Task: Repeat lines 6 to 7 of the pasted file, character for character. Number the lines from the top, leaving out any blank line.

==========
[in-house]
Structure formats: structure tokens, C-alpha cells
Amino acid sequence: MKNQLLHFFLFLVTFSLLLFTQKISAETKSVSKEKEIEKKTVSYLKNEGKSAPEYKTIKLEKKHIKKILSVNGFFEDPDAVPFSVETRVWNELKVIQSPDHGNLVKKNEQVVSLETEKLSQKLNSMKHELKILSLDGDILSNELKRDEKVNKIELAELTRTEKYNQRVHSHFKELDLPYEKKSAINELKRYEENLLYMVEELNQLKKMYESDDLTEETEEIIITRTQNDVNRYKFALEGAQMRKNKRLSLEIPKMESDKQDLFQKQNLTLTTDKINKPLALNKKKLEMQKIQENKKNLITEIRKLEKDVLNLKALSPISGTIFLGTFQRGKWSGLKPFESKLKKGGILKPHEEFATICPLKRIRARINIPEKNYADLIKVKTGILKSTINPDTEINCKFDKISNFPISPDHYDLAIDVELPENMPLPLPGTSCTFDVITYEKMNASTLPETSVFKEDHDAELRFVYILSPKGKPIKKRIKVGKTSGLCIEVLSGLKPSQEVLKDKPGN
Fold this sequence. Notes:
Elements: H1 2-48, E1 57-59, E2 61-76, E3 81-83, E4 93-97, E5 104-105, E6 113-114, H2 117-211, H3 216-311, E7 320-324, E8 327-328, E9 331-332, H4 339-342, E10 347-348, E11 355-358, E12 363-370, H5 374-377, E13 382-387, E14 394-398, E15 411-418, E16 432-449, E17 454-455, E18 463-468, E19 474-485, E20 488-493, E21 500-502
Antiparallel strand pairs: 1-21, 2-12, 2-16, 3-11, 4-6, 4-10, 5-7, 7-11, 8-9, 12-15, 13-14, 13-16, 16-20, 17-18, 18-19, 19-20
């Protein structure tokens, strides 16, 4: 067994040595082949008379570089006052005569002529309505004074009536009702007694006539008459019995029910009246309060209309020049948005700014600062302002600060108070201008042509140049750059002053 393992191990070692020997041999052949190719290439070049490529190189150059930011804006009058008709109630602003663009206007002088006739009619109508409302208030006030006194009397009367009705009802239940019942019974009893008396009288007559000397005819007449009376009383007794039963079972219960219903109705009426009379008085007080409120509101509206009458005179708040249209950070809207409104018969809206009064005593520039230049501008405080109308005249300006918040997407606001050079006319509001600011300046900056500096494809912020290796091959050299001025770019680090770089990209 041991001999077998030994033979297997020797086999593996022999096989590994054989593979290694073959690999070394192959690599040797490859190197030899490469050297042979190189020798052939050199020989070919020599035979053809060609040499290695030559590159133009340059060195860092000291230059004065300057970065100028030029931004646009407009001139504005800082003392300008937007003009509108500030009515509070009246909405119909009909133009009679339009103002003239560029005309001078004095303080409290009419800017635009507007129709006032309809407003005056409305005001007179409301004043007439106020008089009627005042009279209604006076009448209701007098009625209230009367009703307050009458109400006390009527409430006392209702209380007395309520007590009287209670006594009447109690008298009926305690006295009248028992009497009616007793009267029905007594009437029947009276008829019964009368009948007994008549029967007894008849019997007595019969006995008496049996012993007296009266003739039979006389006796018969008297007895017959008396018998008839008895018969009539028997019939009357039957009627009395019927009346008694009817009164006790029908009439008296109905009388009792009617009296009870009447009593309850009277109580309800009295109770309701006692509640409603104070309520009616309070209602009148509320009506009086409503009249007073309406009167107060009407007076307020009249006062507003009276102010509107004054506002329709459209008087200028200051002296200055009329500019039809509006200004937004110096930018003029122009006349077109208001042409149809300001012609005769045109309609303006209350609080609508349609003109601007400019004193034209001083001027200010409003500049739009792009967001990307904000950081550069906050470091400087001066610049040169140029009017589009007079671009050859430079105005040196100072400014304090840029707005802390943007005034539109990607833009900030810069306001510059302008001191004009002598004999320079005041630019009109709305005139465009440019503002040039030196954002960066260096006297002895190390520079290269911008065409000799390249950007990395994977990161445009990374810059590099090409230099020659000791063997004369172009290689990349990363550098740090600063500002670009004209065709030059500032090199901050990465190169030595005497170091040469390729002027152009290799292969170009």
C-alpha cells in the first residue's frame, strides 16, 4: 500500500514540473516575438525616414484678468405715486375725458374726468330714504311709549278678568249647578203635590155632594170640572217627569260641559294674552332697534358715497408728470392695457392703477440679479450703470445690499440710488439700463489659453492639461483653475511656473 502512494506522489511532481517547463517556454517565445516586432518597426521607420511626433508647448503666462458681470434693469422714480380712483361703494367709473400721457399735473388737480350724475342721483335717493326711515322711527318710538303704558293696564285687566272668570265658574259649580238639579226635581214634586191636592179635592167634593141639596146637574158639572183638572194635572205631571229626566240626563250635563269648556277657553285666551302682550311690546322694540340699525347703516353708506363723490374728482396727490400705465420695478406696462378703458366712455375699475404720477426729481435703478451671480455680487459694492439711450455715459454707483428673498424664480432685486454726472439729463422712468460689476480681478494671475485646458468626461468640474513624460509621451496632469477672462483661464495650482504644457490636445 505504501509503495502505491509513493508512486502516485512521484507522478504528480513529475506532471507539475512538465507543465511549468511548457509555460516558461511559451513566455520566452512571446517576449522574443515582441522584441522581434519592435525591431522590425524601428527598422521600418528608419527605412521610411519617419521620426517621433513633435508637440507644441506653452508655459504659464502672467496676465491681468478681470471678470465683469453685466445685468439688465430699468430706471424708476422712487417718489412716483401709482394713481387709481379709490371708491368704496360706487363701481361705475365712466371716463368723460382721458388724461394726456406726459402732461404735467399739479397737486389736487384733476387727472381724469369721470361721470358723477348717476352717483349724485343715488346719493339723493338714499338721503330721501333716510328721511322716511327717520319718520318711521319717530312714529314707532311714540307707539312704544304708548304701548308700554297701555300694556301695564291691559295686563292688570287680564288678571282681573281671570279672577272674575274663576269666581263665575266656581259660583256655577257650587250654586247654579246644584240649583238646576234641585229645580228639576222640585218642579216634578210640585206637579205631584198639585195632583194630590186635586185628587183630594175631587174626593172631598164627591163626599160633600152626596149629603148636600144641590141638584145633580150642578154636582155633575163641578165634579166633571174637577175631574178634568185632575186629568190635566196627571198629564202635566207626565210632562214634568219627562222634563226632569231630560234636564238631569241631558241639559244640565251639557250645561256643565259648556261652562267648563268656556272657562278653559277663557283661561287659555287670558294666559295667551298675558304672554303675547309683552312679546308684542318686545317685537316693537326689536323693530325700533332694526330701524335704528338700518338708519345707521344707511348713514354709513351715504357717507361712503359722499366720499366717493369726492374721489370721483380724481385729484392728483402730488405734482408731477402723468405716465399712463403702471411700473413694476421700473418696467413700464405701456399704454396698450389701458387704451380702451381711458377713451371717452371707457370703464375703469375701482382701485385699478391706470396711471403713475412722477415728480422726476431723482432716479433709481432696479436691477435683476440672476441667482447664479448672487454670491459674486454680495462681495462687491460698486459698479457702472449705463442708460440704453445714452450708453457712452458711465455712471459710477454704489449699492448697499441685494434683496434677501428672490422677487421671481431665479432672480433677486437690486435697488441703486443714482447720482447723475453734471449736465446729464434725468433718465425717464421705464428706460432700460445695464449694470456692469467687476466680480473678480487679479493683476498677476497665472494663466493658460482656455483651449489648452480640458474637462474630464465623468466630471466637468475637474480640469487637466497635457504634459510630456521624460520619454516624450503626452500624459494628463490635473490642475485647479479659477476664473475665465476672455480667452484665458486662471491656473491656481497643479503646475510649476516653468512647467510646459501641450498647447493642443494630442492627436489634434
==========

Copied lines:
Antiparallel strand pairs: 1-21, 2-12, 2-16, 3-11, 4-6, 4-10, 5-7, 7-11, 8-9, 12-15, 13-14, 13-16, 16-20, 17-18, 18-19, 19-20
């Protein structure tokens, strides 16, 4: 067994040595082949008379570089006052005569002529309505004074009536009702007694006539008459019995029910009246309060209309020049948005700014600062302002600060108070201008042509140049750059002053 393992191990070692020997041999052949190719290439070049490529190189150059930011804006009058008709109630602003663009206007002088006739009619109508409302208030006030006194009397009367009705009802239940019942019974009893008396009288007559000397005819007449009376009383007794039963079972219960219903109705009426009379008085007080409120509101509206009458005179708040249209950070809207409104018969809206009064005593520039230049501008405080109308005249300006918040997407606001050079006319509001600011300046900056500096494809912020290796091959050299001025770019680090770089990209 041991001999077998030994033979297997020797086999593996022999096989590994054989593979290694073959690999070394192959690599040797490859190197030899490469050297042979190189020798052939050199020989070919020599035979053809060609040499290695030559590159133009340059060195860092000291230059004065300057970065100028030029931004646009407009001139504005800082003392300008937007003009509108500030009515509070009246909405119909009909133009009679339009103002003239560029005309001078004095303080409290009419800017635009507007129709006032309809407003005056409305005001007179409301004043007439106020008089009627005042009279209604006076009448209701007098009625209230009367009703307050009458109400006390009527409430006392209702209380007395309520007590009287209670006594009447109690008298009926305690006295009248028992009497009616007793009267029905007594009437029947009276008829019964009368009948007994008549029967007894008849019997007595019969006995008496049996012993007296009266003739039979006389006796018969008297007895017959008396018998008839008895018969009539028997019939009357039957009627009395019927009346008694009817009164006790029908009439008296109905009388009792009617009296009870009447009593309850009277109580309800009295109770309701006692509640409603104070309520009616309070209602009148509320009506009086409503009249007073309406009167107060009407007076307020009249006062507003009276102010509107004054506002329709459209008087200028200051002296200055009329500019039809509006200004937004110096930018003029122009006349077109208001042409149809300001012609005769045109309609303006209350609080609508349609003109601007400019004193034209001083001027200010409003500049739009792009967001990307904000950081550069906050470091400087001066610049040169140029009017589009007079671009050859430079105005040196100072400014304090840029707005802390943007005034539109990607833009900030810069306001510059302008001191004009002598004999320079005041630019009109709305005139465009440019503002040039030196954002960066260096006297002895190390520079290269911008065409000799390249950007990395994977990161445009990374810059590099090409230099020659000791063997004369172009290689990349990363550098740090600063500002670009004209065709030059500032090199901050990465190169030595005497170091040469390729002027152009290799292969170009």